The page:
Installing Magento 2 on Red Hat Openshift

Openshift is brilliant. Mostly because it’s free, but also for it’s more advanced features like being able to deploy your website simply pushing your master branch from git.

Red hat Openshift

Getting back to it being free, there are obviously limitations in the scope of the gears (I think of gears as servers). In trying to setup Magento 2 I came up to those limitations. According to How to Install Magento 2 on Openshift;

  • Magento 2 requires PHP 5.5+ and OpenShift currently has official cartridges of up to PHP 5.4
  • Magento 2 requires shit loads of space, and OpenShift free gears are limited to 1GB
  • Magento 2 requires MySQL 5.6+ and OpenShift currently supports up to MySQL 5.5 official cartridges

After following this excellent set of instructions, we managed to launch a full fledged Magento 2 store, hosted for free here. All you’ll need is a free openshift account, and the OpenShift Client Tools.


# Create a new OpenShift app with NGINX as web server
# Replace "123" by your actual api key & secrets and
# $myapp with your preferred app name.

# Write down the “Git Remote” ssh url that will be shown once the command finishes.
rhc create-app $myapp http://cartreflect-claytondev.rhcloud.com/github/boekkooi/openshift-cartridge-nginx API_KEY=123 API_SECRET=123

# Install PHP 5.6 cartridge into the app
rhc cartridge add -a $myapp http://cartreflect-claytondev.rhcloud.com/github/boekkooi/openshift-cartridge-php

# Install mysql-5.5 cartridge into the app
rhc cartridge add -a $myapp mysql-5.5

# Clone our repository and push it to your app, we will take care of everything for you.
git clone https://github.com/javilumbrales/magento2-openshift
cd magento2-openshift

# Remember to replace $myapp by your app’s name and YOUR_GIT_REMOTE by your actual repository url, the one that you got when you created the app (ie. should be something like ssh://*******@magento2-mage2.rhcloud.com/~/git/yourappname.git/)
git remote add $myapp YOUR_GIT_REMOTE
git push $myapp master -f

Magento is hard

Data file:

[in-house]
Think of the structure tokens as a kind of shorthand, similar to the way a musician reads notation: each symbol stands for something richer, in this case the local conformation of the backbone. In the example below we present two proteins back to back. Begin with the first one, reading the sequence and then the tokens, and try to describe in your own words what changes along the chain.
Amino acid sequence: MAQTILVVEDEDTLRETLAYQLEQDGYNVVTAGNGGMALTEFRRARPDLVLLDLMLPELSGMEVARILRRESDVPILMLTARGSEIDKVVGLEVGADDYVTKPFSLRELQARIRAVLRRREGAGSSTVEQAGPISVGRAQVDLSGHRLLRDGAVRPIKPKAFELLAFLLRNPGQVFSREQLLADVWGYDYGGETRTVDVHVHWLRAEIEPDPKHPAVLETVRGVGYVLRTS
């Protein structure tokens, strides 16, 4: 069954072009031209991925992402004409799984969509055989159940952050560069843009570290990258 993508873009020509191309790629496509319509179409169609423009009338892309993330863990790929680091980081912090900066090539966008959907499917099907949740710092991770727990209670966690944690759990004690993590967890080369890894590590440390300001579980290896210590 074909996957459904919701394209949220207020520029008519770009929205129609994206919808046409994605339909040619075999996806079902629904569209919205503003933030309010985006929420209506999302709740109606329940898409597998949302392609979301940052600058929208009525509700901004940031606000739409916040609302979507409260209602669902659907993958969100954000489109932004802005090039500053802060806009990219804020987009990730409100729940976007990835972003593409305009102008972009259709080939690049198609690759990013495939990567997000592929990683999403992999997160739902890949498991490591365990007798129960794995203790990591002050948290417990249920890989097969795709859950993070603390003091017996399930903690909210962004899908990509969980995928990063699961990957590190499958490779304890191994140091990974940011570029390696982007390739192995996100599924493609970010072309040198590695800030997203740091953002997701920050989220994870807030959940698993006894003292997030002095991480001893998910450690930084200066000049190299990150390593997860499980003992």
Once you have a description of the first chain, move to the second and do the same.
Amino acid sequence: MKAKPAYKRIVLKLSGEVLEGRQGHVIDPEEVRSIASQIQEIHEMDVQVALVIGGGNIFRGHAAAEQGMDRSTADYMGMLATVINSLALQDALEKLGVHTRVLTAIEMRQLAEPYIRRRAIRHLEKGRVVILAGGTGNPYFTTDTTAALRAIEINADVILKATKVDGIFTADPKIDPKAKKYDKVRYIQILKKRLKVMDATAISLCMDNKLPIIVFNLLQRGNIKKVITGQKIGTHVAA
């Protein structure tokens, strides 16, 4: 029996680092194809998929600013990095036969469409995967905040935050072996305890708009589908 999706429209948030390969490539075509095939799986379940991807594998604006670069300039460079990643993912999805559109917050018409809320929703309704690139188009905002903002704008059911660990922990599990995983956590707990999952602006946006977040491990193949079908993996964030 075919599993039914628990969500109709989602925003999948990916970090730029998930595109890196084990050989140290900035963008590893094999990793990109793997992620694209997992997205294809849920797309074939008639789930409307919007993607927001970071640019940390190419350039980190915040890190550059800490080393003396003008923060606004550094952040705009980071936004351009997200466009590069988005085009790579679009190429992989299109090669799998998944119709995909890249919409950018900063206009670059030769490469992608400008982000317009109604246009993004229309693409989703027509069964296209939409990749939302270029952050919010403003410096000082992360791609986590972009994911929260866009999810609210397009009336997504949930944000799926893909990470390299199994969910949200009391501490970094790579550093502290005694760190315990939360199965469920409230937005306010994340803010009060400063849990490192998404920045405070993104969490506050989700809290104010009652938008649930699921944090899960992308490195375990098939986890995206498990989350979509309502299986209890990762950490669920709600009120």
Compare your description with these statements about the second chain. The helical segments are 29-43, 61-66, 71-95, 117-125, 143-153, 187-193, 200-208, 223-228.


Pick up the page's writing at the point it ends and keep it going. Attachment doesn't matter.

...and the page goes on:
Free open source ecommerce platform helping you sell online

I’m not going to lie, Magento is hard. The codebase contains 30,000 files. It’s like WordPress’s much more sophisticated older sibling. It’s modular and designed to be chopped up and hacked so long as that is done in the right way. There are plenty of wrong ways.

If you need to run a website on your local mac, you’re going to need to follow read “Installing Nginx in Mac OS X Maverick With Homebrew“.

That should give you what you need to then attempt to install Magneto for the first time. To be fair, that part is quite easy. It’s when you lift up the hood and catch sight of all those olden days cogs and whirring moving parts that you realise that there’s a lot more to Magento than a shopping cart.

Starting a new job

I’m starting a new job today. I have much and varied experience of starting new jobs. I’ll not lie, I’m 42 years old and I’ve never had a single job that I’ve been in for 12 months.

Don’t judge me. I know it’s not a good look on your CV and all that, but that’s who I am. I’m a kid whose first taste of work was freelancing a website for the local photo printing shop who had noticed me come in with my PhotoShop creations when I was at Newcastle University studying psychology in 1995 (ish). I’ve been a freelancing cut & paste script kiddie ever since. Going with the most interesting and highest paying jobs and standing on the shoulders of giants, a career in front end web development isn’t like the olden days.

Likesay I’ve started many new jobs both good and bad in that time. I hope for a good one this time around. They’re a great company who specialise in ecommerce sites using magento have taken the time to properly recruit a front end developer they feel will be a good fit in their company culture and I’m ready to engage with that. Hi ho.

Magento: eCommerce platforms and solutions for selling online